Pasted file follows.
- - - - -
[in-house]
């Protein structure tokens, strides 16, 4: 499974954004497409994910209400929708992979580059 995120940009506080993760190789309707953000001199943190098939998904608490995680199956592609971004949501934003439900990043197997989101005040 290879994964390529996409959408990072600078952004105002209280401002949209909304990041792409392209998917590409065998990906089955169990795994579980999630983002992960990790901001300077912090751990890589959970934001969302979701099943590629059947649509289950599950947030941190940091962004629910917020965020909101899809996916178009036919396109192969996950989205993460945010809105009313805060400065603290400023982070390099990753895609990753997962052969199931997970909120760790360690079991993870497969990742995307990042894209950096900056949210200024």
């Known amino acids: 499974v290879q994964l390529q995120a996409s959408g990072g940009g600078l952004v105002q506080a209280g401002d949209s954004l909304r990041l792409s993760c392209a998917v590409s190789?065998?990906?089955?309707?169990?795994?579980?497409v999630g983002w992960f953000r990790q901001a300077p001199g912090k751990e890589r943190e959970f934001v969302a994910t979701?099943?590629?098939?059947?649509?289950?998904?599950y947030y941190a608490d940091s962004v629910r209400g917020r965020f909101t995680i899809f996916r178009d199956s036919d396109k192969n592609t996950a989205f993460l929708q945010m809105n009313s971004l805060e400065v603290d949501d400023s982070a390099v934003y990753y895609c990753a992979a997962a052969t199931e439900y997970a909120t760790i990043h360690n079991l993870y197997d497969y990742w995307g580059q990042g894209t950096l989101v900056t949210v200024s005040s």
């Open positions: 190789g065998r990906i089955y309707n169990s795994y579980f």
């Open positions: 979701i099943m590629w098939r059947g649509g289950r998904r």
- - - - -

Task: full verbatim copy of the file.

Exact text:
[in-house]
């Protein structure tokens, strides 16, 4: 499974954004497409994910209400929708992979580059 995120940009506080993760190789309707953000001199943190098939998904608490995680199956592609971004949501934003439900990043197997989101005040 290879994964390529996409959408990072600078952004105002209280401002949209909304990041792409392209998917590409065998990906089955169990795994579980999630983002992960990790901001300077912090751990890589959970934001969302979701099943590629059947649509289950599950947030941190940091962004629910917020965020909101899809996916178009036919396109192969996950989205993460945010809105009313805060400065603290400023982070390099990753895609990753997962052969199931997970909120760790360690079991993870497969990742995307990042894209950096900056949210200024």
């Known amino acids: 499974v290879q994964l390529q995120a996409s959408g990072g940009g600078l952004v105002q506080a209280g401002d949209s954004l909304r990041l792409s993760c392209a998917v590409s190789?065998?990906?089955?309707?169990?795994?579980?497409v999630g983002w992960f953000r990790q901001a300077p001199g912090k751990e890589r943190e959970f934001v969302a994910t979701?099943?590629?098939?059947?649509?289950?998904?599950y947030y941190a608490d940091s962004v629910r209400g917020r965020f909101t995680i899809f996916r178009d199956s036919d396109k192969n592609t996950a989205f993460l929708q945010m809105n009313s971004l805060e400065v603290d949501d400023s982070a390099v934003y990753y895609c990753a992979a997962a052969t199931e439900y997970a909120t760790i990043h360690n079991l993870y197997d497969y990742w995307g580059q990042g894209t950096l989101v900056t949210v200024s005040s």
């Open positions: 190789g065998r990906i089955y309707n169990s795994y579980f």
């Open positions: 979701i099943m590629w098939r059947g649509g289950r998904r």